CALLS have been made for the Coalition Government to examine new data that reveals the extent of CIA rendition flights through UK airports, including Glasgow and Prestwick.
An academic research project found evidence that British involvement in the controversial programme was much more substantial than previously thought.
It found more than 1620 flights in and out of the UK by aircraft documented as being involved in rendition, which involve prisoners being covertly transported around the world.
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Prestwick and Glasgow both featured in the top three most-used UK airports, beaten only by Luton.
The Tory-LibDem Coalition is currently sitting on an official report examining Britain's involvement in rendition since the 9/11 attacks in America in 2001. The report was handed to ministers last summer by Sir Peter Gibson, a retired judge, who spent a year analysing classified government documents.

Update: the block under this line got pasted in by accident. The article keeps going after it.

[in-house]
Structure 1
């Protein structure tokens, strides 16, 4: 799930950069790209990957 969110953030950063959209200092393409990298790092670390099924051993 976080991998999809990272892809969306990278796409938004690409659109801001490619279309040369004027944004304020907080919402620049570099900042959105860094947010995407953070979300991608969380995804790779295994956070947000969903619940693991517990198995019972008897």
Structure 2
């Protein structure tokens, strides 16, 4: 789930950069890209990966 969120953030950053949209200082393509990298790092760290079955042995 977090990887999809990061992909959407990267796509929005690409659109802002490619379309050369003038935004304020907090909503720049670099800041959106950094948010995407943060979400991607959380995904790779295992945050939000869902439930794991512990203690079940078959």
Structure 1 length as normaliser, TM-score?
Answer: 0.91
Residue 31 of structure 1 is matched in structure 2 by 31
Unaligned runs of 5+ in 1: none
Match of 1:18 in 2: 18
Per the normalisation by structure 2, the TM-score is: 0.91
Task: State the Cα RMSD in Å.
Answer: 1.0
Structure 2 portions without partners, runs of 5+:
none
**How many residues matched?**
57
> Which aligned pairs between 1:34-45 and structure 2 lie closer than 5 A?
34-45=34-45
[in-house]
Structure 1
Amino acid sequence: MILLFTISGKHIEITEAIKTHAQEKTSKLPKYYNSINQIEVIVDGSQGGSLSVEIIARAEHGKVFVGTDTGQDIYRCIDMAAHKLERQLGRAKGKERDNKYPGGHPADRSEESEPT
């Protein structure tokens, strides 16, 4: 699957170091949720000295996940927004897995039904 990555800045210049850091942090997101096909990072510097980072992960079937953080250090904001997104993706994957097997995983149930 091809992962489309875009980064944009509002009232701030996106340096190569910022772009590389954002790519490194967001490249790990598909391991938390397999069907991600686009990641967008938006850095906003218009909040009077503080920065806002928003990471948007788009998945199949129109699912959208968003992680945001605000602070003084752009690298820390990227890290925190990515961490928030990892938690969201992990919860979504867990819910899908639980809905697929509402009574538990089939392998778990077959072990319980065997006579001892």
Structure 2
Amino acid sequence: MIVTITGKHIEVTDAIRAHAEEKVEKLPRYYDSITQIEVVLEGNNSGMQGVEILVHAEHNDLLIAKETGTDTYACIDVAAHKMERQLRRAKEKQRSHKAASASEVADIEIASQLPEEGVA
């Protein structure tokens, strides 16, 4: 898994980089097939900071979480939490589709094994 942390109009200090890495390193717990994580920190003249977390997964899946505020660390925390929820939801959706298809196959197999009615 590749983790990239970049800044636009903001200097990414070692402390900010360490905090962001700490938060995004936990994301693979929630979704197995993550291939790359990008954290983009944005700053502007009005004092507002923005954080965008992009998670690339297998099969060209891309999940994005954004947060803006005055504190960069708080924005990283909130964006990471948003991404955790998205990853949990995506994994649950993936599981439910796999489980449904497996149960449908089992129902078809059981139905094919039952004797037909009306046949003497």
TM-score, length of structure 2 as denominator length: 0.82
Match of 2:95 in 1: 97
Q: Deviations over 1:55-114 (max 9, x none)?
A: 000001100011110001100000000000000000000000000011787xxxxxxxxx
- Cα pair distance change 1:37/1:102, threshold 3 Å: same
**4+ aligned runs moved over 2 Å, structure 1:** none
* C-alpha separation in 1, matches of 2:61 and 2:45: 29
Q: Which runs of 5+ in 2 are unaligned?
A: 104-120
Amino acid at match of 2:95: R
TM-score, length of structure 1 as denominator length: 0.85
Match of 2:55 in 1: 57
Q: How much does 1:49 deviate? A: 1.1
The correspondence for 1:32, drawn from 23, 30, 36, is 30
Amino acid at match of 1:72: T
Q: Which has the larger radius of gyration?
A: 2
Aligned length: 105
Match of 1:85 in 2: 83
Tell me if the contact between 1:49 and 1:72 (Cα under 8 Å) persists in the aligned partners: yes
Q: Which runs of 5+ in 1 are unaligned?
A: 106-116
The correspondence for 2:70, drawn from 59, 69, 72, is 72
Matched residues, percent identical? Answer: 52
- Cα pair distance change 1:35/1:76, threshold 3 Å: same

He had been due to hold an inquiry into the issue but that was shelved after police announced a criminal investigation.
Ruth Blakeley, a senior lecturer at Kent University and one of the academics who has compiled the Rendition Project, called on the UK Government to look at the evidence.
She said: "I think if [the Gibson report] does not take a look at the information we have provided then it will be incomplete."
Angus Robertson, the SNP leader at Westminster, said there were still many unanswered questions about these flights through Scottish and other airports.
He added: "While there are legitimate reasons for intelligence flights, there are continuing concerns about the process of rendition where people are transported against their will from country to country."
But a spokesman for the Cabinet Office said he was unaware of any mechanism to reopen the report but added that "ministers have always said that if anyone has any evidence they should always bring it forward".
He also confirmed that no date has yet been set for the publication of Sir Peter's report.
Scotland Yard has opened an investigation into UK-Libya renditions following the dis- covery of intelligence files after the fall of Muammar Gaddafi's regime.